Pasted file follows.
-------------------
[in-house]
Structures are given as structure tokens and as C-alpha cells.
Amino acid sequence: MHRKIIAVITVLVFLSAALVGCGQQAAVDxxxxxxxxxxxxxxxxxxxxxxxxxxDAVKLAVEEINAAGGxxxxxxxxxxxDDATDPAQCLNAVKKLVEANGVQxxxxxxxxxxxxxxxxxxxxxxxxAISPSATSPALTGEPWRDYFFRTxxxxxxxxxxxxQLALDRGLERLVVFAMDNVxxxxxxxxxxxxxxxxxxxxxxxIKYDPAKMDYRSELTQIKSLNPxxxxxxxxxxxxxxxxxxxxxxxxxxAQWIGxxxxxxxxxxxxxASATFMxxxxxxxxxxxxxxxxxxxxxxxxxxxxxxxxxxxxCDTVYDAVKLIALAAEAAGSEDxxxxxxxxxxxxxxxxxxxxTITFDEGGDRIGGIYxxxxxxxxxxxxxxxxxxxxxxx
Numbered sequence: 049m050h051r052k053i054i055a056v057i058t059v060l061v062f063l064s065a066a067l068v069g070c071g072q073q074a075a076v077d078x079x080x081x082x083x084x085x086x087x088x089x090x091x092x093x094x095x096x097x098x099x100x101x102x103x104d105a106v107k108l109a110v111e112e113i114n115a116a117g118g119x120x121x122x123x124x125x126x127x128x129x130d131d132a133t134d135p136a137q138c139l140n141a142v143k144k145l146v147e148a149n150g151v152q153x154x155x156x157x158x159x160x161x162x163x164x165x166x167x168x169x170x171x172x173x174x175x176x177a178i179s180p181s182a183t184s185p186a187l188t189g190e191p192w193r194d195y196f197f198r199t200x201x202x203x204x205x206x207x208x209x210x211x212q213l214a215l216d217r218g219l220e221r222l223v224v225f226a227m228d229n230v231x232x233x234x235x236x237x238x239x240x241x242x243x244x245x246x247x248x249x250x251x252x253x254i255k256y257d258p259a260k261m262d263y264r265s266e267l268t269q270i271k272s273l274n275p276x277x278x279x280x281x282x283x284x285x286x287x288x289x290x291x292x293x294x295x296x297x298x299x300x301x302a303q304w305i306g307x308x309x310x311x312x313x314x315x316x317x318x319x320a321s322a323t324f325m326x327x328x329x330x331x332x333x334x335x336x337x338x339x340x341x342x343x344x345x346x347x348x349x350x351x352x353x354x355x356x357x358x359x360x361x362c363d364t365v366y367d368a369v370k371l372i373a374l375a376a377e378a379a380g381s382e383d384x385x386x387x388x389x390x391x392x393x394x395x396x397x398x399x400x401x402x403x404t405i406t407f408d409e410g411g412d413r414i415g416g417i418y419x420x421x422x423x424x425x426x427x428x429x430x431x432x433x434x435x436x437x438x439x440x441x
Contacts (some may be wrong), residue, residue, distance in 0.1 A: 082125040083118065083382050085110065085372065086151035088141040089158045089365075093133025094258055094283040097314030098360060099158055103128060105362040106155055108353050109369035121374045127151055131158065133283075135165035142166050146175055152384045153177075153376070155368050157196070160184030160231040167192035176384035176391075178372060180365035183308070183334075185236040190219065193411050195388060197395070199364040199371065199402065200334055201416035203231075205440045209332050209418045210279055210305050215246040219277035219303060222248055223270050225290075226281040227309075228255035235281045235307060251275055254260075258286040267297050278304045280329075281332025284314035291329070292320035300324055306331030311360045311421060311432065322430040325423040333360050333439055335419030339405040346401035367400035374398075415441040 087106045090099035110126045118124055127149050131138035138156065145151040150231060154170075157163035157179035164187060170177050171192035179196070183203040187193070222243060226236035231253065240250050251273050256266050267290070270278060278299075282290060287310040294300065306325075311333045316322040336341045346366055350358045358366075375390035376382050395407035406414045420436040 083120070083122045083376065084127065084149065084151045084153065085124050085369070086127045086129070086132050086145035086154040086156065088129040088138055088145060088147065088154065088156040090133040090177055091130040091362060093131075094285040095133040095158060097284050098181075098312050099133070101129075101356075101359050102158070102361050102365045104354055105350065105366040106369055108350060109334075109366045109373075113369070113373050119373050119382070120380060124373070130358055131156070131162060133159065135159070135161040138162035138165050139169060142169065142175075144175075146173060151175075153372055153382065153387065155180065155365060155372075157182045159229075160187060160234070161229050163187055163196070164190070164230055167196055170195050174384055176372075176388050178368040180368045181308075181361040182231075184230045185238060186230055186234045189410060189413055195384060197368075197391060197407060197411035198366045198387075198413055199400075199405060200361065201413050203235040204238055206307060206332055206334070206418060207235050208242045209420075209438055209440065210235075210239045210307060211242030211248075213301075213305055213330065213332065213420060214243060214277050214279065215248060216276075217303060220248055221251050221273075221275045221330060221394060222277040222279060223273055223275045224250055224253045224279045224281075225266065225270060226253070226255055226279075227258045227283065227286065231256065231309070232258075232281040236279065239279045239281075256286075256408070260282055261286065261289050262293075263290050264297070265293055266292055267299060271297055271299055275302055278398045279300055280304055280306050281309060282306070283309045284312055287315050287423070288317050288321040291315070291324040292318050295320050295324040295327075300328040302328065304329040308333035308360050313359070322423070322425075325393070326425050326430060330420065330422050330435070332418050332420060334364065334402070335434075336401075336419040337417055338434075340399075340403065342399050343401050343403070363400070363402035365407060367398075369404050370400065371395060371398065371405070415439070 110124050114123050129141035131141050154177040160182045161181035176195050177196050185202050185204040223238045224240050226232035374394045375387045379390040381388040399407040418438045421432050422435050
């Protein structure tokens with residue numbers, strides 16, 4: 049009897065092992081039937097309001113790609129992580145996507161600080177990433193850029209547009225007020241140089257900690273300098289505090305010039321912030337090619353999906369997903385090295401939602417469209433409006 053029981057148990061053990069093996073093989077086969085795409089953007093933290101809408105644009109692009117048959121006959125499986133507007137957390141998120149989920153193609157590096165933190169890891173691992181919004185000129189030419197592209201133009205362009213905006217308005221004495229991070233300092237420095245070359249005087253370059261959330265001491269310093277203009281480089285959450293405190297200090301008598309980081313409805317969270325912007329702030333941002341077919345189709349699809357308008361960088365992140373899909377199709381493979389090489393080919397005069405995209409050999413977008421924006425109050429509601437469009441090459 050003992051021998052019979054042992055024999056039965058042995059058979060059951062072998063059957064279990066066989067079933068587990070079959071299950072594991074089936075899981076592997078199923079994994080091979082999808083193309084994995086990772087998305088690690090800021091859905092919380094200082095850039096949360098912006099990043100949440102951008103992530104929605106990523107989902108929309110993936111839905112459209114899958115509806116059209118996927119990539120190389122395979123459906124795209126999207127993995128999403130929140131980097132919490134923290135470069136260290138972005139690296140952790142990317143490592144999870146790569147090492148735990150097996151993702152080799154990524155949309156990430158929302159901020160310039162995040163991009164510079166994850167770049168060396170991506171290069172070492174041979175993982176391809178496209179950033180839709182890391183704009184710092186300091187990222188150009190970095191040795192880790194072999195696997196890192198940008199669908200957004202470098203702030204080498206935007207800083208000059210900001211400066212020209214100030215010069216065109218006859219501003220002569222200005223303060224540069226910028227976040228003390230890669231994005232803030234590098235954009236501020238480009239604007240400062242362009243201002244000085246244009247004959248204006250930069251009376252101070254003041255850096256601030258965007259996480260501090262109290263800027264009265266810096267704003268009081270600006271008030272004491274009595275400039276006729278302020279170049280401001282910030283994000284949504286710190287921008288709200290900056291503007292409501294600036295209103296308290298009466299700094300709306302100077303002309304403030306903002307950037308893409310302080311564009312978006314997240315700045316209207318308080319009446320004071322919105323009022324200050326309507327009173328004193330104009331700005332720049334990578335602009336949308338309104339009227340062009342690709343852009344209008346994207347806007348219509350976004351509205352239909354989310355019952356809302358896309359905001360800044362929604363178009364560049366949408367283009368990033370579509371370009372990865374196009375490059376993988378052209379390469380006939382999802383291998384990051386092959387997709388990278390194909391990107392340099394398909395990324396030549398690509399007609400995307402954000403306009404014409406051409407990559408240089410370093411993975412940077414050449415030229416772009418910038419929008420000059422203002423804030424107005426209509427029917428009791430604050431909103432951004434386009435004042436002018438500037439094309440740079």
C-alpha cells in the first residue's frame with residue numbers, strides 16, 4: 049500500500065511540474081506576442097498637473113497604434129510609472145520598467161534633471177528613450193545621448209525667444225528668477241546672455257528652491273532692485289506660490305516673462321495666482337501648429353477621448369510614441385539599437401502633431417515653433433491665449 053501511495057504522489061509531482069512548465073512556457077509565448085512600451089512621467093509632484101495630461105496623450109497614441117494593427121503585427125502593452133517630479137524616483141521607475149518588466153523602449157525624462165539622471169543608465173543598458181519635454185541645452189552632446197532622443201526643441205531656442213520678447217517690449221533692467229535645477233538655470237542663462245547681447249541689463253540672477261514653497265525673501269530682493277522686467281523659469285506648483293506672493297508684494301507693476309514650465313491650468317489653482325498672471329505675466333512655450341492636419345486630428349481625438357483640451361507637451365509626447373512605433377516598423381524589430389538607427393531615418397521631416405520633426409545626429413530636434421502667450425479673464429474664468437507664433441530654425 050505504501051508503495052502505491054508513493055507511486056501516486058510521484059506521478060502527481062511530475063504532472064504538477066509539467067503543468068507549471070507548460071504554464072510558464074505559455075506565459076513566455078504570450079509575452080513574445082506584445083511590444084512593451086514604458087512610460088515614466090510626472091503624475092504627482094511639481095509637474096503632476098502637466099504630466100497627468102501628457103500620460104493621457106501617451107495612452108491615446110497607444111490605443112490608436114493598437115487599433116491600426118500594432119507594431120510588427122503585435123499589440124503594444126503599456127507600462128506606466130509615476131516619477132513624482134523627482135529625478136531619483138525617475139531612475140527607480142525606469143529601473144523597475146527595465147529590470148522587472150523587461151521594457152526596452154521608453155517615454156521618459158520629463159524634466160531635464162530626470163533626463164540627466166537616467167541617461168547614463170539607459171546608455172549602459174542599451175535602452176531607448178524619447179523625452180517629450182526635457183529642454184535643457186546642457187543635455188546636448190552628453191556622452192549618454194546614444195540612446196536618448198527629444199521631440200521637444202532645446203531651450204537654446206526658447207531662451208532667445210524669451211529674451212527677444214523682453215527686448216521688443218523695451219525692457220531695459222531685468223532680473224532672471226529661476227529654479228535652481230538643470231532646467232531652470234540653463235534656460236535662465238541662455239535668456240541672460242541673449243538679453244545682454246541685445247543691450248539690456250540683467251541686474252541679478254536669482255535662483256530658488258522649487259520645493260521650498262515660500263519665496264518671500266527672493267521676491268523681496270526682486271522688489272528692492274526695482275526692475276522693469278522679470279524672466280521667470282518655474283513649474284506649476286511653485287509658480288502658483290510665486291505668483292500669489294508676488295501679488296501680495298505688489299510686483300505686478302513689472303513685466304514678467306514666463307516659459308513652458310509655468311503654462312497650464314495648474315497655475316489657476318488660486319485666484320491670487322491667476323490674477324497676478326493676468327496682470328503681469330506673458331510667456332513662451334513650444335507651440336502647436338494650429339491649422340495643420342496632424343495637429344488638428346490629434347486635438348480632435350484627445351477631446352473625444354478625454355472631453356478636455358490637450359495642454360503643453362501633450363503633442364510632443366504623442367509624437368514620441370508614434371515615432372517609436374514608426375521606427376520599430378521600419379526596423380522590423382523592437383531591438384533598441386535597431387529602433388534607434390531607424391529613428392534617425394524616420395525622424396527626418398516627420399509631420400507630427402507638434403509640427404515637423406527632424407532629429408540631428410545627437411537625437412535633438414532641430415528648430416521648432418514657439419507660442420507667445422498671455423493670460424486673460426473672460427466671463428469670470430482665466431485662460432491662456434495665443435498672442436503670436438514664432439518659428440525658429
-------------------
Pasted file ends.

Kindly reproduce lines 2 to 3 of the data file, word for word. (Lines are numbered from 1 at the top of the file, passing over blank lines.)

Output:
Structures are given as structure tokens and as C-alpha cells.
Amino acid sequence: MHRKIIAVITVLVFLSAALVGCGQQAAVDxxxxxxxxxxxxxxxxxxxxxxxxxxDAVKLAVEEINAAGGxxxxxxxxxxxDDATDPAQCLNAVKKLVEANGVQxxxxxxxxxxxxxxxxxxxxxxxxAISPSATSPALTGEPWRDYFFRTxxxxxxxxxxxxQLALDRGLERLVVFAMDNVxxxxxxxxxxxxxxxxxxxxxxxIKYDPAKMDYRSELTQIKSLNPxxxxxxxxxxxxxxxxxxxxxxxxxxAQWIGxxxxxxxxxxxxxASATFMxxxxxxxxxxxxxxxxxxxxxxxxxxxxxxxxxxxxCDTVYDAVKLIALAAEAAGSEDxxxxxxxxxxxxxxxxxxxxTITFDEGGDRIGGIYxxxxxxxxxxxxxxxxxxxxxxx